Well, I'm sitting in the cafe of the Badlands Interior Motel (free internet in the middle of nowhere!) waiting for the gumbo to dry out, and I just read this superb column by George Will (son of philosophy prof. Frederick L. Will). It describes a primary election process voted through last week by the clueless voters of California.

It is designed (literally, intended) to elect politicians who are "moderate" (eg., idea-free, inconsistent) and incidentally makes it impossible for parties like the Greens and the Libertarians to have candidates on November ballots.

With any luck, it will be struck down as unconstitutional.

Sunday, June 13, 2010

On the Road

Just now I am somewhere in South Dakota. On the left is a picture (taken last year) of the place I'm trying to get to.

Whether I'll actually get there remains to be seen.

It's been raining out there, though, so the roads may be impassable gumbo right now.

Fingers crossed!

Wednesday, June 09, 2010

Classic Battle of the Sexes Moment: Justice v. Forgiveness

I loved this. Most of the comment on this has focused on Mark Haines' sexist wisecrack at the end of the exchange, but I am more impressed by the way it comically contrasts two ethical Weltanschauungen. Haines is incensed because Tigers pitcher Armando Galaraga is cheated of the chance to have his perfect game go into the record books, and Erin Burnett thinks it is "beautiful" that the ump hugged the pitcher and all was forgiven.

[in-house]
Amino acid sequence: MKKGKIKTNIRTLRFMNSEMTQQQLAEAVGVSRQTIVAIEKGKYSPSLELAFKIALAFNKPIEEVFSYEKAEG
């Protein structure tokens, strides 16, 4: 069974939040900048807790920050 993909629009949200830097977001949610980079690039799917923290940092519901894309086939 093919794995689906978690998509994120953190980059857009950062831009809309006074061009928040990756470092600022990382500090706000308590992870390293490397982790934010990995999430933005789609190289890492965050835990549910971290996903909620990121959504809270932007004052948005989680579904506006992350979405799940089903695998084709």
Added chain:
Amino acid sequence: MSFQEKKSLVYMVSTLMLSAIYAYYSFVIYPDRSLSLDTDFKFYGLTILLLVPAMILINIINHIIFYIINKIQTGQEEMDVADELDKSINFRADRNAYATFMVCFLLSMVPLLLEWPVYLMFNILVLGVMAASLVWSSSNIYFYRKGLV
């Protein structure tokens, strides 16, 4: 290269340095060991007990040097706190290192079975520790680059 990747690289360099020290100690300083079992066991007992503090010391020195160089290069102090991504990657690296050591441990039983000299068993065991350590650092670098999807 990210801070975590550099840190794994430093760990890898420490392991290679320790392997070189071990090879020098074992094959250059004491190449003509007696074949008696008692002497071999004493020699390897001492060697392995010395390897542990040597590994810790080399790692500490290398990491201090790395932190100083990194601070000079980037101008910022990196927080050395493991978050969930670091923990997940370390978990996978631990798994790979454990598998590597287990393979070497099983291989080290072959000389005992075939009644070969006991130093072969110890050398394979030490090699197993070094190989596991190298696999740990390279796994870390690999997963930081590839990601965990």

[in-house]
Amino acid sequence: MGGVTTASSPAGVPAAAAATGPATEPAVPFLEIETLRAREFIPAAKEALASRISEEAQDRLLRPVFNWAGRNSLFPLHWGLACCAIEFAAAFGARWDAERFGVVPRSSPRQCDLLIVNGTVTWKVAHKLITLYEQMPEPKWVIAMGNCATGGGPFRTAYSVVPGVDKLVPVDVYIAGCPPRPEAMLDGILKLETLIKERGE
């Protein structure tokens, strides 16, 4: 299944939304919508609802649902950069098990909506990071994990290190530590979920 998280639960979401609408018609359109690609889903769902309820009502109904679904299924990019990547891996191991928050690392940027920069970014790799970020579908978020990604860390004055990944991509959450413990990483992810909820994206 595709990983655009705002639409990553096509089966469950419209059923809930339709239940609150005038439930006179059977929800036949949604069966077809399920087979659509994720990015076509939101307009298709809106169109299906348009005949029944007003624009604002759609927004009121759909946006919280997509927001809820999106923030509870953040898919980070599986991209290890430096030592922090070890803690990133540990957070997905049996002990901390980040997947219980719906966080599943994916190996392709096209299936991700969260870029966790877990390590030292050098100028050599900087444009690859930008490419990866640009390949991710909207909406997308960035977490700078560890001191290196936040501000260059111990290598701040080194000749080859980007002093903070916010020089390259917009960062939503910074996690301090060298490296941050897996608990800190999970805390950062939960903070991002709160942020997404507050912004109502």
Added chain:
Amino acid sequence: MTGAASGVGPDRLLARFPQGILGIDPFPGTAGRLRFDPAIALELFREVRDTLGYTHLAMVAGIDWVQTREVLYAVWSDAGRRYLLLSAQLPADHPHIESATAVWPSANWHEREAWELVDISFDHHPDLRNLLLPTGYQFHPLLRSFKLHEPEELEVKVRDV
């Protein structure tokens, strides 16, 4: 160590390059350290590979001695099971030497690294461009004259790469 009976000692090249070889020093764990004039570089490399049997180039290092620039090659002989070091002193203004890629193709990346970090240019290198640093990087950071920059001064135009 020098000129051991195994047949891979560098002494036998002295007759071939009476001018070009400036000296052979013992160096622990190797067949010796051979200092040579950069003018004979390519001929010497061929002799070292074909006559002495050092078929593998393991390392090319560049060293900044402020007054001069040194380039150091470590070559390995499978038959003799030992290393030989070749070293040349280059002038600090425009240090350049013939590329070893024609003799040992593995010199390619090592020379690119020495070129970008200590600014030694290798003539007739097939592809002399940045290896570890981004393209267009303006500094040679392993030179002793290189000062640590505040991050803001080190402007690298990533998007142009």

Actually, I think they both have a point. Yes it is very important that justice be done and excellence get the honor it deserves. On the other hand, I think it's great that the ump immediately apologized when his mistake had been proven, and that the pitcher accepted his apology. Yes, we do need more of that in this world. (Both these men contrast sharply with the officials who had the authority to correct the record retroactively and simply refused to do so.)

There is still a big issue here though. Which is more important: justice or forgiveness?

I vote for justice.

Justice is a fundamental virtue, forgiveness a derivative one. Without justice, there couldn't be such thing as forgiveness. Forgiveness is one of the traits that fixes things when the process of justice fails to work or has regrettable effects. Ordinarily, it should not be substituted for justice.